Despite the arctic weather, which forced the cancellation of similar events in the Northeast, the bright sunshine on Shepard Park Beach evoked summer sentiments for some. Oscar Turpin, dressed in swim trunks and a beach pullover, rocked barefoot in the powdery snow, playing air guitar to Metallica’s “Enter Sandman,” which blared over the event PA system.
“You’ve got to be reborn every year,” said Turpin, a 54-year-old South Boston, Massachusetts, resident.
This was Turpin’s first time taking part in the Polar Plunge in Lake George. He participated in similar events 13 times in the Boston area.
“This is colder because you don’t have the ocean saltwater,” he said.
Among local participants were three high school girls from Chestertown, one of whom has participated in the event since age 9. The three have made it a New Year’s tradition for five years.
Grafton resident Marcy Pfeiffer has also braved the plunge for the past five years.
“It’s a tradition,” she said. “Most people think it’s crazy, but it’s a great way to start the year.”
Pfeiffer has brought friends to the plunge in the past, but no one had wanted to return until this year, when she came with her boyfriend, Kyle Sweet of Cropseyville. The two vow to return next year, but not without hope for warmer temperatures.
ALBANY — The new year dawns with political storm clouds bearing down on New York lawmakers and Democratic Gov. Andrew Cuomo.
The New York City subway system, beset by breakdowns and delays, needs a massive investment. The upcoming corruption trial of a former top Cuomo adviser threatens to dim the Democrat’s presidential chances. The state faces a $4 billion deficit, while ongoing conflicts with Republicans in Washington mean the state could lose even more health care funding. Then this fall, Cuomo and the entire Legislature face re-election.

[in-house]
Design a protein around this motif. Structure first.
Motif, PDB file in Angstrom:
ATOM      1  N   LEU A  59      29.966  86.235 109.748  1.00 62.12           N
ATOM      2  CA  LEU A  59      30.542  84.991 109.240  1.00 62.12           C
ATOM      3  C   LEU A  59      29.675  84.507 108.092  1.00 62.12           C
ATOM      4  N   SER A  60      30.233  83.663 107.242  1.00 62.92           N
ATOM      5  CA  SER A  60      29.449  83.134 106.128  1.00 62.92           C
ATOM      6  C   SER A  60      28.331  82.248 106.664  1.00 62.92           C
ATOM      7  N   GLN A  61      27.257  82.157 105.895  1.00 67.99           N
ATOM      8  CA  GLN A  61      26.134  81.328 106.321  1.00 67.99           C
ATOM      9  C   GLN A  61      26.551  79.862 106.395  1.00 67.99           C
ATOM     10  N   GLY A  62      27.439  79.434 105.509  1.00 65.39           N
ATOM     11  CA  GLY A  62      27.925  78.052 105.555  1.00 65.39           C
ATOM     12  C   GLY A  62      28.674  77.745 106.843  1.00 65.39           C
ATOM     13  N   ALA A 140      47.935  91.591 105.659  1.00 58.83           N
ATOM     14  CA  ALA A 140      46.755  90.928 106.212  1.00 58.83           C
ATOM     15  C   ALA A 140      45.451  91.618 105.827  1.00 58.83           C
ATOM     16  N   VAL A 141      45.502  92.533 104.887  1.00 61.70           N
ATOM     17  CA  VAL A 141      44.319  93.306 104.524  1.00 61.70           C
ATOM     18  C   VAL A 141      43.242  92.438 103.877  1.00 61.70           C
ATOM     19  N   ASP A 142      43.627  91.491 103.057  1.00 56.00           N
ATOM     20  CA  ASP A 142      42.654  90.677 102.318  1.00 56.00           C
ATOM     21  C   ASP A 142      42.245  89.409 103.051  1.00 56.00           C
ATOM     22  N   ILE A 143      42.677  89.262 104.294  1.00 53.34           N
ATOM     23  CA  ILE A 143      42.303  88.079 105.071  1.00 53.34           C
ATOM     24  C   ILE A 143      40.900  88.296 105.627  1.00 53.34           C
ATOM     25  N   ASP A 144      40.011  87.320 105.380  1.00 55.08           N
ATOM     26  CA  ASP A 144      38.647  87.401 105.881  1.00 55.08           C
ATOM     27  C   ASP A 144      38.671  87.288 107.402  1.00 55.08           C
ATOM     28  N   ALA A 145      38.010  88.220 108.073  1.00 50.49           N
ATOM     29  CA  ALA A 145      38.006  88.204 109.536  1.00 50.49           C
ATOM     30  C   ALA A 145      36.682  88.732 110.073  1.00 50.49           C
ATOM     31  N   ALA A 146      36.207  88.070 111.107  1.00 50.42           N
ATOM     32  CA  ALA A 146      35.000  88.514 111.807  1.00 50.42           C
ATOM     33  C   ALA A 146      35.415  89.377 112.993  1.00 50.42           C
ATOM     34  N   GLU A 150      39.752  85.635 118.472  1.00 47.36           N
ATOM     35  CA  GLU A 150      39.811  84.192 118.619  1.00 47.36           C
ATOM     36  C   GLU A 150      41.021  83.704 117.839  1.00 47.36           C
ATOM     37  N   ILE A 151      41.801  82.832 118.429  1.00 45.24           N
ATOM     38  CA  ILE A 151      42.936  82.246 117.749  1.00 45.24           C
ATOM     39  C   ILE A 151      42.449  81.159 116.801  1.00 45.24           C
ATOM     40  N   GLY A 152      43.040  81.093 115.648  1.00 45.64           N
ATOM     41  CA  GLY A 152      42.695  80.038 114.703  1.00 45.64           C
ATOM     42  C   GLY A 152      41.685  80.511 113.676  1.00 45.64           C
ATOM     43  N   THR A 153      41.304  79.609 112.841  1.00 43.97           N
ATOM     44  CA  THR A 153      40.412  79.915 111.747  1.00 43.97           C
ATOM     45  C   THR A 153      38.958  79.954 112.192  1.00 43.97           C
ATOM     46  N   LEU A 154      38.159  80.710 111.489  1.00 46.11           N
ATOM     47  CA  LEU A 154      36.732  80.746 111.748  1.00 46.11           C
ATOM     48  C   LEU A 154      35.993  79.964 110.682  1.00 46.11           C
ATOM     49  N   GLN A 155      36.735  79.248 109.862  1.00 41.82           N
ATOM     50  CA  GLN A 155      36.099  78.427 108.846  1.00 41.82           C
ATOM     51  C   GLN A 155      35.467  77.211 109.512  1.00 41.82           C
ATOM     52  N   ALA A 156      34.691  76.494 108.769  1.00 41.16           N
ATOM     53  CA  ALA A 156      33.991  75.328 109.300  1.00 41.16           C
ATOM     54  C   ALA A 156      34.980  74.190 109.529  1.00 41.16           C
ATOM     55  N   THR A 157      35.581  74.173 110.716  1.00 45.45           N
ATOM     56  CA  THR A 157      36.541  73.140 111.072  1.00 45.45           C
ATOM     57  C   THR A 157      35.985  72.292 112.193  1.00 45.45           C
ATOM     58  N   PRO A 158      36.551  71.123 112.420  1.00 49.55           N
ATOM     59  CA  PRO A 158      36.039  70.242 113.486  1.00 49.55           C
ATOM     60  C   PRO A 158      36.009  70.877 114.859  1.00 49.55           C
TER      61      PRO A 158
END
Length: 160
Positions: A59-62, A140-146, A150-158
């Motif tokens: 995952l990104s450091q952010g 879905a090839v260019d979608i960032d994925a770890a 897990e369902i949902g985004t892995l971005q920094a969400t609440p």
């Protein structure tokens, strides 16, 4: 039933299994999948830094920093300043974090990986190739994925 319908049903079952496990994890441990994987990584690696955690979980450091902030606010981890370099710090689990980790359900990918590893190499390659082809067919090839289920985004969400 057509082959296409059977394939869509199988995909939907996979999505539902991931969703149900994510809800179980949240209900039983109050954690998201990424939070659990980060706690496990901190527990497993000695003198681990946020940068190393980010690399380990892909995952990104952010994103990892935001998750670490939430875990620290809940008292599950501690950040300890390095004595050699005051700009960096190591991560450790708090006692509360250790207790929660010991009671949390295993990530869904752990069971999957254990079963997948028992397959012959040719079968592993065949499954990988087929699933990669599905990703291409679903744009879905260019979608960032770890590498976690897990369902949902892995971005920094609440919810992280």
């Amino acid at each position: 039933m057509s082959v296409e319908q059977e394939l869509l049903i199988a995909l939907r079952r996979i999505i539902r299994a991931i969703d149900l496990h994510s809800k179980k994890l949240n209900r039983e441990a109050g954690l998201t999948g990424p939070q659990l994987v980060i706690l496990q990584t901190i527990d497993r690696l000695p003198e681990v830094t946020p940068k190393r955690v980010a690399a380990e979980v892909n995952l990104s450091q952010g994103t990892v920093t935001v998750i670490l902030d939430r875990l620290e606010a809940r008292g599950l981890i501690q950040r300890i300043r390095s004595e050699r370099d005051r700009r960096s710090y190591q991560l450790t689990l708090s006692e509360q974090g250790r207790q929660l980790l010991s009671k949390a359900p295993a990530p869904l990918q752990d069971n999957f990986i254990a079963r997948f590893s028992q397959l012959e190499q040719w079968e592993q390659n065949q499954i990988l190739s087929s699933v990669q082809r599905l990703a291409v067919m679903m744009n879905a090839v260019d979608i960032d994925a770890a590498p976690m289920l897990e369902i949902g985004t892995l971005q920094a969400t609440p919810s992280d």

It all adds up to a year of political maneuvering, tough choices and no easy answers.
“Extremely difficult,” is the prediction from Sen. David Carlucci, a Rockland County Democrat. “The most important thing we can do is try to put the politics aside, at least for six months.”
The work gets underway Wednesday when the Legislature reconvenes and Cuomo delivers his state of the state address.
Big issues for the year include a contentious bill that would extend the statute of limitations on child sex abuse cases to allow victims to sue for decades-old abuse, a proposal long opposed by the Catholic Church and other institutions.
Lawmakers are also expected to take up measures to require greater disclosure when it comes to the groups paying for online political ads, and possible changes to state voting laws to make it easier for New Yorkers to cast ballots.
The year’s toughest challenges are likely to be financial. Following a few years of relative fiscal stability thanks to the economic recovery and bank settlements following the financial collapse, New York is staring down a budget deficit of more than $4 billion, an amount that could be grow because of cuts in federal health care spending and the tax overhaul.
With elections in the fall, tax increases are likely to be a last resort for lawmakers looking to balance the more than $150 billion spending plan.
“The last thing upstate’s economy, its employers or its residents can endure are any additions to our already suffocating tax climate,” said Greg Biryla, executive director of the economic advocacy group Unshackle Upstate.
Republicans, who control the state Senate, will focus on ensuring existing funds are being spent effectively, according to Senate Leader John Flanagan, a Long Island Republican. He said they’ll also push to make an existing cap on tax increases permanent.
“I want to look at every tax dollar we spend,” he said.
The state’s long-term fiscal outlook gets bleaker still when major needs like the Metropolitan Transportation Authority are added to the balance sheet. New York’s subways, suffering from decades of relative financial neglect, require billions of dollars for equipment upgrades and repairs. City officials, Cuomo and lawmakers have blamed each other while the country’s largest mass transit system continues to languish, forcing commuters to put up with chronic delays, breakdowns and service interruptions.
“The finger-pointing has to stop,” Cuomo said, before pointing his own squarely at lawmakers: “If the Legislature does nothing, they’re driving the train.”